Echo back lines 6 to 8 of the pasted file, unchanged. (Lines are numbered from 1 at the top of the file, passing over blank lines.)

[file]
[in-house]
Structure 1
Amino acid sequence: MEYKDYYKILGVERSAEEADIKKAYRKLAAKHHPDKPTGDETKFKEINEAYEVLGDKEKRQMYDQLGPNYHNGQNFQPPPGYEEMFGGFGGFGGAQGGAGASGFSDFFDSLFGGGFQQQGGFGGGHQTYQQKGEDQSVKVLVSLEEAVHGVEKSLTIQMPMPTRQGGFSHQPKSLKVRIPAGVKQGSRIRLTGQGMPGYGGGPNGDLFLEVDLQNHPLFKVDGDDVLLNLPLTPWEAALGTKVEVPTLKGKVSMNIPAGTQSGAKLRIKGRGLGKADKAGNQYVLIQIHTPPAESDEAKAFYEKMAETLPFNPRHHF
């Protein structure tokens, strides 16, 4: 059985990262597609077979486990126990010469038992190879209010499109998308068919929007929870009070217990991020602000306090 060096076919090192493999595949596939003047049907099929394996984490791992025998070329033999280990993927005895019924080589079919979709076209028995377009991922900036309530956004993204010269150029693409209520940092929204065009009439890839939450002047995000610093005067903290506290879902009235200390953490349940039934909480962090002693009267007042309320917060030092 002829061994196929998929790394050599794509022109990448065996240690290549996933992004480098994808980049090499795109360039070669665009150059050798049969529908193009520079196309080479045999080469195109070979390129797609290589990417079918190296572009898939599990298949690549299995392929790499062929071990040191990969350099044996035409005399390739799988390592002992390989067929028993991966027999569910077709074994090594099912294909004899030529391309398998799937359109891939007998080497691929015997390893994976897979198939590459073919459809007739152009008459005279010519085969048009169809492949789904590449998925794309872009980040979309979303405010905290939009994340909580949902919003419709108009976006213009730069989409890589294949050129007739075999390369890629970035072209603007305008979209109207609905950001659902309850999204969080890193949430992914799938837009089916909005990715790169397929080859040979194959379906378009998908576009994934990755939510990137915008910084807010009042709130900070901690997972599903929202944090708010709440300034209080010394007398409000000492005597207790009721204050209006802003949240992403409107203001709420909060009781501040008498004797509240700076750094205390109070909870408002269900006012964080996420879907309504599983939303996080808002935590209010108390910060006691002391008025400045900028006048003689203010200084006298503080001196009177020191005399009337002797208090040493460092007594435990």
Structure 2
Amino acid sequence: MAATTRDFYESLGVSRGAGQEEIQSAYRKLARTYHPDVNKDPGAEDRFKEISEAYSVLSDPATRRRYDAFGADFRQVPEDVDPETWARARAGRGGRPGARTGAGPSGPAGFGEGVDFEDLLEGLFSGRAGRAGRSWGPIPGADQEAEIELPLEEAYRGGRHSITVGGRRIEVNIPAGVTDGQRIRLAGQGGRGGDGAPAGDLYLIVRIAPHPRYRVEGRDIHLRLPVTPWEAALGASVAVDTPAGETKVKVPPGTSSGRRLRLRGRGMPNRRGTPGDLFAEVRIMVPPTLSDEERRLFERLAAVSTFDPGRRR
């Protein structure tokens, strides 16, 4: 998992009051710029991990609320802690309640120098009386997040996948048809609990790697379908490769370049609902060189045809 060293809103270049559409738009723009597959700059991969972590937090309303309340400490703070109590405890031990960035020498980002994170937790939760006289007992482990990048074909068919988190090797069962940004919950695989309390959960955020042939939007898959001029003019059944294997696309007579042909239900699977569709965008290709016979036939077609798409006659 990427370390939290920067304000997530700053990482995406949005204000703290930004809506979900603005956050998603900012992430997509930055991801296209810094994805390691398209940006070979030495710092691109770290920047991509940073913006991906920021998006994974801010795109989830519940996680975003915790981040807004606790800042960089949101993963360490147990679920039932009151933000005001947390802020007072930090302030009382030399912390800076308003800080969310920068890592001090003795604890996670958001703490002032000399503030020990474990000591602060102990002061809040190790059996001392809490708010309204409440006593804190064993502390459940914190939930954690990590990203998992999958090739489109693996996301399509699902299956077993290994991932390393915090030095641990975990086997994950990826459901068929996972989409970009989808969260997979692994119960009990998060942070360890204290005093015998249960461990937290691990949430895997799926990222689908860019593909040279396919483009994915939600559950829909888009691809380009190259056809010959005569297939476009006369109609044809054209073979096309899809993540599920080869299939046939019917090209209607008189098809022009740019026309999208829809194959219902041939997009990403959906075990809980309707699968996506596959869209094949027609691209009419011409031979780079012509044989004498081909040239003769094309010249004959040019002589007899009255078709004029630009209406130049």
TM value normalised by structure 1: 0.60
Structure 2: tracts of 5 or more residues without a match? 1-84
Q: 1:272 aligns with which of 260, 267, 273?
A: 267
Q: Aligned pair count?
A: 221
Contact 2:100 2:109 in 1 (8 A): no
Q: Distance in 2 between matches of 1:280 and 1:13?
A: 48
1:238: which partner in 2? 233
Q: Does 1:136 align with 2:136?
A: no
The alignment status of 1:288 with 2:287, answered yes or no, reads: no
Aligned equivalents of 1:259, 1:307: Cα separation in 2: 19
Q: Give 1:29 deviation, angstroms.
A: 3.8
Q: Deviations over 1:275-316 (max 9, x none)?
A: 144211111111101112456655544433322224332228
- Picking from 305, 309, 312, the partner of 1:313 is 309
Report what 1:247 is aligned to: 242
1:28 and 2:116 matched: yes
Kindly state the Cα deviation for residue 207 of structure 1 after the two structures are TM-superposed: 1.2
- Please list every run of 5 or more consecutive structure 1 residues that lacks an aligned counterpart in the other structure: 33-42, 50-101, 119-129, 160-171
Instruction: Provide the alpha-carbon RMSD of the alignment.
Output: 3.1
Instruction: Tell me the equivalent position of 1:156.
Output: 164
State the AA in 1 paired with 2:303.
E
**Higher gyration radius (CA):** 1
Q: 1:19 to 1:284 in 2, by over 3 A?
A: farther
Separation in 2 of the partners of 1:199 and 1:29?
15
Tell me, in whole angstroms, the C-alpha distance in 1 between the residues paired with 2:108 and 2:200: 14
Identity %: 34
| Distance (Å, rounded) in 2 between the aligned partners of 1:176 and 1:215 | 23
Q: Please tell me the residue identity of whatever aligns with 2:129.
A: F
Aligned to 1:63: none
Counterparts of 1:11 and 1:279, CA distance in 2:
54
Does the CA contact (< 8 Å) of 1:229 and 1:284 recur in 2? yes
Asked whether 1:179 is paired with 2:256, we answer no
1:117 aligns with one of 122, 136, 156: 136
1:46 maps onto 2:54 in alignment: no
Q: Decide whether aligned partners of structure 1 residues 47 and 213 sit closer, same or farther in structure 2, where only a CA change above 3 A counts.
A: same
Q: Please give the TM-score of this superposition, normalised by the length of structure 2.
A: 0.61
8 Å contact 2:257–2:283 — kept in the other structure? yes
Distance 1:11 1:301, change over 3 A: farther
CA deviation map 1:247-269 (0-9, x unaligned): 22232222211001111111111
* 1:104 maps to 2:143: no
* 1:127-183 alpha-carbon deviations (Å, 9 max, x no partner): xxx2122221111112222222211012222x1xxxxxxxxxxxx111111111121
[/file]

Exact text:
Amino acid sequence: MAATTRDFYESLGVSRGAGQEEIQSAYRKLARTYHPDVNKDPGAEDRFKEISEAYSVLSDPATRRRYDAFGADFRQVPEDVDPETWARARAGRGGRPGARTGAGPSGPAGFGEGVDFEDLLEGLFSGRAGRAGRSWGPIPGADQEAEIELPLEEAYRGGRHSITVGGRRIEVNIPAGVTDGQRIRLAGQGGRGGDGAPAGDLYLIVRIAPHPRYRVEGRDIHLRLPVTPWEAALGASVAVDTPAGETKVKVPPGTSSGRRLRLRGRGMPNRRGTPGDLFAEVRIMVPPTLSDEERRLFERLAAVSTFDPGRRR
């Protein structure tokens, strides 16, 4: 998992009051710029991990609320802690309640120098009386997040996948048809609990790697379908490769370049609902060189045809 060293809103270049559409738009723009597959700059991969972590937090309303309340400490703070109590405890031990960035020498980002994170937790939760006289007992482990990048074909068919988190090797069962940004919950695989309390959960955020042939939007898959001029003019059944294997696309007579042909239900699977569709965008290709016979036939077609798409006659 990427370390939290920067304000997530700053990482995406949005204000703290930004809506979900603005956050998603900012992430997509930055991801296209810094994805390691398209940006070979030495710092691109770290920047991509940073913006991906920021998006994974801010795109989830519940996680975003915790981040807004606790800042960089949101993963360490147990679920039932009151933000005001947390802020007072930090302030009382030399912390800076308003800080969310920068890592001090003795604890996670958001703490002032000399503030020990474990000591602060102990002061809040190790059996001392809490708010309204409440006593804190064993502390459940914190939930954690990590990203998992999958090739489109693996996301399509699902299956077993290994991932390393915090030095641990975990086997994950990826459901068929996972989409970009989808969260997979692994119960009990998060942070360890204290005093015998249960461990937290691990949430895997799926990222689908860019593909040279396919483009994915939600559950829909888009691809380009190259056809010959005569297939476009006369109609044809054209073979096309899809993540599920080869299939046939019917090209209607008189098809022009740019026309999208829809194959219902041939997009990403959906075990809980309707699968996506596959869209094949027609691209009419011409031979780079012509044989004498081909040239003769094309010249004959040019002589007899009255078709004029630009209406130049």
TM value normalised by structure 1: 0.60